The new agreement was signed by Trump and his Mexican and Canadian counterparts in 2018 and approved by Congress earlier this year
after Democrats added stronger labor rules.
It was touted by the President as a major political win ahead of his reelection campaign but has since been overshadowed by the coronavirus pandemic and other crises.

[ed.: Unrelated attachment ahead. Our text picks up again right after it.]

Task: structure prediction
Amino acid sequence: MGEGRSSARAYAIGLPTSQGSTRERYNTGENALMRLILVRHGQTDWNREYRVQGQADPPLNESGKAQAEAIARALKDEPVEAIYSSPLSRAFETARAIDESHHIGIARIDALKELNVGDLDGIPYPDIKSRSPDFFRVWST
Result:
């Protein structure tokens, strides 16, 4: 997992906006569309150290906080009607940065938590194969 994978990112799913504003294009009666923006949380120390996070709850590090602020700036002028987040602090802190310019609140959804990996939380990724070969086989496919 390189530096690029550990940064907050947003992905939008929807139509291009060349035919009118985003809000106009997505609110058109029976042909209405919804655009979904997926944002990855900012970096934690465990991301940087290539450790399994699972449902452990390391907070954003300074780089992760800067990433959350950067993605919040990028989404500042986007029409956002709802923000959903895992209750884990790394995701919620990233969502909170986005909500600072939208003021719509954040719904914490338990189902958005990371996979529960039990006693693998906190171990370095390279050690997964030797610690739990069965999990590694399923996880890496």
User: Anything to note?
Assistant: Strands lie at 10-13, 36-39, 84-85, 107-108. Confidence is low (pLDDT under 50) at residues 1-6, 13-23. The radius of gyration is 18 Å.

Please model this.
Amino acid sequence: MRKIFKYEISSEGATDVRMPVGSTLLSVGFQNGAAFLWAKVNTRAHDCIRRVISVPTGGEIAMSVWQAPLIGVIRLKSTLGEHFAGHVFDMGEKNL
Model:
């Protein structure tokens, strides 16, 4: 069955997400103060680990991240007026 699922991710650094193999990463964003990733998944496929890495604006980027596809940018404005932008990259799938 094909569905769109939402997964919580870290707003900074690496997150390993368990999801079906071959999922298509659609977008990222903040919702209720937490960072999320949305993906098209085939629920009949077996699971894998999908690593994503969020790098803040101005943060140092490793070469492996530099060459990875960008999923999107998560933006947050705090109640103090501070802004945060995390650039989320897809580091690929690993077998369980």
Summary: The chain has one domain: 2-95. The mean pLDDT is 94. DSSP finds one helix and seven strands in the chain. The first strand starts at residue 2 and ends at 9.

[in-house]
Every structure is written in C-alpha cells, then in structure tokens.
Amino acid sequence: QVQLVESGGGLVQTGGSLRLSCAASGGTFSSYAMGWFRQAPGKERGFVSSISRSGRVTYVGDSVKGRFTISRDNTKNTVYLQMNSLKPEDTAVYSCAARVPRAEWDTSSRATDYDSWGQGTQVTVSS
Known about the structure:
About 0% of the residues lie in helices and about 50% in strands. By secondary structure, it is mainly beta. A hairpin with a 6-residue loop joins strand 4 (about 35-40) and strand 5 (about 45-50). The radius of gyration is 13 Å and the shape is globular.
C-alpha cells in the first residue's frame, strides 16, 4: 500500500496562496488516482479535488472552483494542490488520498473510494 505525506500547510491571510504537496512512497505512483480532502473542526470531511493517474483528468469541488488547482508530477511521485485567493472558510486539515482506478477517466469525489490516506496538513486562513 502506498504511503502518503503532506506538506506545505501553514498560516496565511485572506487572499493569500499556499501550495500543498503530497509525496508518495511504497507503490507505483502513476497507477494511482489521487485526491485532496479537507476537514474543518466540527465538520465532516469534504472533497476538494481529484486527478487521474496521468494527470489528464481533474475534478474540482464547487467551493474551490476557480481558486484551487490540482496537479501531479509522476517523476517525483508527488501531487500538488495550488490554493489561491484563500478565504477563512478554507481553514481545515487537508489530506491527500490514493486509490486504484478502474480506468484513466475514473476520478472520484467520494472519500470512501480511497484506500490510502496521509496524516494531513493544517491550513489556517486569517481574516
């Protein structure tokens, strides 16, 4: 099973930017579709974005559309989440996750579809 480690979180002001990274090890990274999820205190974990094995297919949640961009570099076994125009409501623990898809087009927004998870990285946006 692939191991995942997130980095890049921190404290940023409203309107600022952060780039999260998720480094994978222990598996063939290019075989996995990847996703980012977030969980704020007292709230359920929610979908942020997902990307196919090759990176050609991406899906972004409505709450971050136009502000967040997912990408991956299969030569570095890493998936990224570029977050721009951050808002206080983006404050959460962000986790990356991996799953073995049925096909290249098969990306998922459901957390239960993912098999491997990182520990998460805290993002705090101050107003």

Much of USMCA simply updates the 25-year-old agreement it’s replacing. It’s expected to create 176,000 jobs after six years
and increase US GDP by 0.35%, according to a report released last year — long before the pandemic — by the US International Trade Commission, a federal government agency. By comparison, the United States added more than 152,000 jobs in January 2020 alone.
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